Why are prices high now, and why may they head lower into winter?
High gasoline prices tend to be a function of higher oil prices. As shown in the chart below comparing Brent oil prices and NYMEX gasoline on a per-barrel basis, oil prices reached a multi-year high in July. In August, the Biden Administration called on OPEC+ to bring more oil supply back to the market to help combat higher gasoline prices. The request was denied, and at its meeting last week, OPEC+ reaffirmed the group’s plans to bring back 400,000 barrels per day of production each month as decided in July.

Setting aside higher oil prices, US gasoline prices tend to be higher during summer driving season. Driving season, which is bookended by Memorial Day and Labor Day, refers to the seasonal increase in gasoline demand over the summer. In addition to improvements in demand, gasoline prices are also higher in the summer due to blending components used. In order to reduce emissions, summer gasoline (sold June 1 to September 15) is required to have a lower Reid Vapor Pressure (RVP). In the winter, when RVP can be higher, more butane can be blended into gasoline. Butane is a natural gas liquid that is cheaper than other gasoline blending components thus making for less expensive gasoline in the winter, all else equal.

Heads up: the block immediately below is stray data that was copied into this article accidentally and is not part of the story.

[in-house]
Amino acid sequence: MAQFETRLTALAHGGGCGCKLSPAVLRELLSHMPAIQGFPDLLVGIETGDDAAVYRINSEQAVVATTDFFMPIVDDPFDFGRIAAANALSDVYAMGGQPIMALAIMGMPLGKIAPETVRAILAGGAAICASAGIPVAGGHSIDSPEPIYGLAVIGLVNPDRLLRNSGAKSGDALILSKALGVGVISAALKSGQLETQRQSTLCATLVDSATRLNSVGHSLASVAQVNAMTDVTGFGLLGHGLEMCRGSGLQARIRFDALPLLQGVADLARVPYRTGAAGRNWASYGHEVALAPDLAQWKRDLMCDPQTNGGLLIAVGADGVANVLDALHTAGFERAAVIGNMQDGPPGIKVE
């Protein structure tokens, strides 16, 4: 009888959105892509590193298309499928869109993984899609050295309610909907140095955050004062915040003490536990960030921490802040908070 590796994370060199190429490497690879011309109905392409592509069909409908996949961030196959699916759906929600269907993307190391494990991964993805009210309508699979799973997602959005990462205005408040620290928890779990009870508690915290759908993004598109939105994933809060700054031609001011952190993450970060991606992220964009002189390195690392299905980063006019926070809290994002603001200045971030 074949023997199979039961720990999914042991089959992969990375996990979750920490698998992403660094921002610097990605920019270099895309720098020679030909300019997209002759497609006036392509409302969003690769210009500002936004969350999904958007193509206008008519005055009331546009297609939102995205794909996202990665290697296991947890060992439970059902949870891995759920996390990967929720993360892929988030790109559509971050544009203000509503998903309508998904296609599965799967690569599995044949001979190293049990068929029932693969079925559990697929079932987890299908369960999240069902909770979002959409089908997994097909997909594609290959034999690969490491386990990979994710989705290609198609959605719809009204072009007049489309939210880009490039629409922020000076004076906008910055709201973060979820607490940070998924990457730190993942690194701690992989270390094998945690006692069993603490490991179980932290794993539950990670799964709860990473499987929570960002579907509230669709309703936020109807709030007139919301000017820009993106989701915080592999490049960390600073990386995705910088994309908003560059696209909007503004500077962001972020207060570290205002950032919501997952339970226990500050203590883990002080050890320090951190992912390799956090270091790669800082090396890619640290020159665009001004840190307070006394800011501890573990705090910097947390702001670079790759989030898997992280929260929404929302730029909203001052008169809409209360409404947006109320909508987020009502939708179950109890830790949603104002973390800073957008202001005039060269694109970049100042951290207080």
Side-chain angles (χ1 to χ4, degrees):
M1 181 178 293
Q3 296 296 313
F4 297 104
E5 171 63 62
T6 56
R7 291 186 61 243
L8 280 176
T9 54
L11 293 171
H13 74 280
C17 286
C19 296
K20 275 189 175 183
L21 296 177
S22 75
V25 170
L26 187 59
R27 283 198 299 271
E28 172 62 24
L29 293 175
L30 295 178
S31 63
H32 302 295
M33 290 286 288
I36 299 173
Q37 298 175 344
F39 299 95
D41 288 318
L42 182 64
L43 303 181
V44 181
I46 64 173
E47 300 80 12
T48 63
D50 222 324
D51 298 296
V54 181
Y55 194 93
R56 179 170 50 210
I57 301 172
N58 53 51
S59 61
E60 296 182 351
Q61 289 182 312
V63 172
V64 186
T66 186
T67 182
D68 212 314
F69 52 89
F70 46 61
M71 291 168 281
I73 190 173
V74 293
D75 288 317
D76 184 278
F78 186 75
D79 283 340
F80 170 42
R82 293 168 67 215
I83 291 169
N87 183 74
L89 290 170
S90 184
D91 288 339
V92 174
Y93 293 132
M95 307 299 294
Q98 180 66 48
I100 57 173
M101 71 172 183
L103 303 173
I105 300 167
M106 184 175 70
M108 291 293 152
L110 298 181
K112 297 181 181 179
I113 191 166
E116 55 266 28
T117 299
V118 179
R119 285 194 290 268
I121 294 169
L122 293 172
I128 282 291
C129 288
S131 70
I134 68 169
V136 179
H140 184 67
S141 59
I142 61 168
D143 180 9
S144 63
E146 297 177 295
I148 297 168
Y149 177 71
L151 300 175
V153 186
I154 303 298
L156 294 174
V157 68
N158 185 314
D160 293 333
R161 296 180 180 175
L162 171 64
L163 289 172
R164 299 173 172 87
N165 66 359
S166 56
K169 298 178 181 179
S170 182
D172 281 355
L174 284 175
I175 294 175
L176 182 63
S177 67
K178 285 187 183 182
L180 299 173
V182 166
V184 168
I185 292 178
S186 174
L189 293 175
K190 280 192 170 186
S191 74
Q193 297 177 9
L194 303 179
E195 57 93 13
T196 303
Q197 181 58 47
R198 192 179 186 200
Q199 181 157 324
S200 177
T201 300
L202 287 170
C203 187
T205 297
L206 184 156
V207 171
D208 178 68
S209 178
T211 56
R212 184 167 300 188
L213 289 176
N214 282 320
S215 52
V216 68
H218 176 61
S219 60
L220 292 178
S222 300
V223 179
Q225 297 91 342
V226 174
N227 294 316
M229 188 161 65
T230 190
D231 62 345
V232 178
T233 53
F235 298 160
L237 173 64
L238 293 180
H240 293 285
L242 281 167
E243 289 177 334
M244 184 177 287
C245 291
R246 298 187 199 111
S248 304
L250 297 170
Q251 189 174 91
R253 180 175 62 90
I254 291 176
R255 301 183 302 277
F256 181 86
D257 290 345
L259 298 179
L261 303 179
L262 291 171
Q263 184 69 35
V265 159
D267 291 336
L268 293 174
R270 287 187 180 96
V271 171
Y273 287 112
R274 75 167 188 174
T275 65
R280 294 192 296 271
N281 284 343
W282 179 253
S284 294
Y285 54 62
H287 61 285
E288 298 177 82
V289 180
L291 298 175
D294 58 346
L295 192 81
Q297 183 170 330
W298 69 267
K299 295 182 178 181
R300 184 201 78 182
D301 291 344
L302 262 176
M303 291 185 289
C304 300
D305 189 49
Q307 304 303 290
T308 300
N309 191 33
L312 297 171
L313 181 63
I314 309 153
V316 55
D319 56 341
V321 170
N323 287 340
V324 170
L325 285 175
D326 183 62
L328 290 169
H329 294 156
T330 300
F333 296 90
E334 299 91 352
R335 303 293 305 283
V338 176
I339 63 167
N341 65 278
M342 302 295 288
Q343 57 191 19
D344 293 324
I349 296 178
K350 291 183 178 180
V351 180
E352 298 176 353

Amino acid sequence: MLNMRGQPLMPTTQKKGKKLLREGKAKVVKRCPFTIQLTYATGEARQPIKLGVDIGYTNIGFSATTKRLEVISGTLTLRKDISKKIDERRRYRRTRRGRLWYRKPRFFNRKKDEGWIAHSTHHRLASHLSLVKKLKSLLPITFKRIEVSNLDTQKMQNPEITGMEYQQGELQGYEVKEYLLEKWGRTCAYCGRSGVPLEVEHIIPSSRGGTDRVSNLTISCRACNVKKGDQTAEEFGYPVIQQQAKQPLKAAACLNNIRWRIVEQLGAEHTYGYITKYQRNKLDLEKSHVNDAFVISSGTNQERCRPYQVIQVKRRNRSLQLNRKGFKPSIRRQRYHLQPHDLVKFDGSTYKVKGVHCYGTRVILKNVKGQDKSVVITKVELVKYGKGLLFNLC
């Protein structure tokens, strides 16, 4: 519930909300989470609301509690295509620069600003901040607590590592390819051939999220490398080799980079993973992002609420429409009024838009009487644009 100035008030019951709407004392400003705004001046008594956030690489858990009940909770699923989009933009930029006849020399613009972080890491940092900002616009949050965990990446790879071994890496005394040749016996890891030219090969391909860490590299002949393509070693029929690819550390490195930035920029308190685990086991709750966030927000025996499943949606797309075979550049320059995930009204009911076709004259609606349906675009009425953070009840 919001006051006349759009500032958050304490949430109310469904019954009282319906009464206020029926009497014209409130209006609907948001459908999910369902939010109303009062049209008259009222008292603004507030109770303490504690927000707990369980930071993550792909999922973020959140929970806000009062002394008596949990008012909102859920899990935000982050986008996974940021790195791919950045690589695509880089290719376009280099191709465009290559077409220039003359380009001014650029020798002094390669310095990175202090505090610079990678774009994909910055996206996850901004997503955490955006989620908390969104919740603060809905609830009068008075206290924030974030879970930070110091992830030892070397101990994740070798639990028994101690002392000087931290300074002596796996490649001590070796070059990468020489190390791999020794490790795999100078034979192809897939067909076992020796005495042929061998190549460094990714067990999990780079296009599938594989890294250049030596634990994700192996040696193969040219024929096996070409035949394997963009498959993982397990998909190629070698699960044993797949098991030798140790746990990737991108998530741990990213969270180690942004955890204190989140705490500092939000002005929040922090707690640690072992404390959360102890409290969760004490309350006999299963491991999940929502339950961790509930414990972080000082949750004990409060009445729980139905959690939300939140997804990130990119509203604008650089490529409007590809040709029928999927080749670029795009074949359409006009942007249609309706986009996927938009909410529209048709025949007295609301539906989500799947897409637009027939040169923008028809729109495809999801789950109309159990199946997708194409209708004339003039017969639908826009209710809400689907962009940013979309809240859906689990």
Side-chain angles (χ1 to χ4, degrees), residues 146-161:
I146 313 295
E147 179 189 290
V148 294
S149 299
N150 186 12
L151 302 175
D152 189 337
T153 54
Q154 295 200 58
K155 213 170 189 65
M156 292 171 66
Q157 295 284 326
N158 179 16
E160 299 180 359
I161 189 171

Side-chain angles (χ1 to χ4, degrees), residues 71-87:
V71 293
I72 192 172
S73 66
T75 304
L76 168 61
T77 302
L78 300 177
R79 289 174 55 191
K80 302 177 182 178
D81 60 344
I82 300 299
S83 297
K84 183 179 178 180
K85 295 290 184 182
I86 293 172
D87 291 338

Transitory events that disrupt refining operations can also lead to higher gasoline prices as supply becomes less available. Hurricane Ida provides a recent example as an estimated 2.2 million barrels per day of refining capacity temporarily came offline in conjunction with the storm. As power is restored and refineries are brought back up, that should help relieve some pressure on gasoline prices. Unplanned refinery outages due to interruptions in feedstock supply or mechanical issues can also result in higher gasoline prices in the region served by the refinery.

How do midstream companies participate?
There are many potential touchpoints for midstream companies in gasoline’s journey from an oil refinery to your car’s tank. Transportation is the most readily apparent with midstream MLPs and corporations owning pipeline and terminal assets used to facilitate the movement of fuels to local markets. Typically, blending ethanol into gasoline or biodiesel into diesel is performed at terminals. Midstream companies with refined product assets (i.e. assets focused on transportation fuels) include Kinder Morgan (KMI), Magellan Midstream Partners (MMP), MPLX (MPLX), NuStar (NS), and Phillips 66 Partners (PSXP). Midstream companies also handle renewable fuels. For example, KMI handled 240,000 barrels per day of ethanol in 2020, and NS handles 27% of the renewable diesel, 18% of the ethanol, and a smaller portion of the biodiesel used in California. Midstream companies with fractionation facilities, which process natural gas liquids, produce butane and natural gasoline used in gasoline blending.

Bottom Line:
Filling your vehicle’s tank with gasoline is just one example of how midstream companies help facilitate aspects of our everyday lives. While oil prices tend to have the most impact on what you pay at the pump, there are several other items that factor into gasoline prices. If oil remains relatively stable, gasoline prices should ease into the winter as demand moderates seasonally, winter grade gasoline begins to be sold, and the temporary refining interruptions from Hurricane Ida subside.

For more news, information, and strategy, visit the Energy Infrastructure Channel.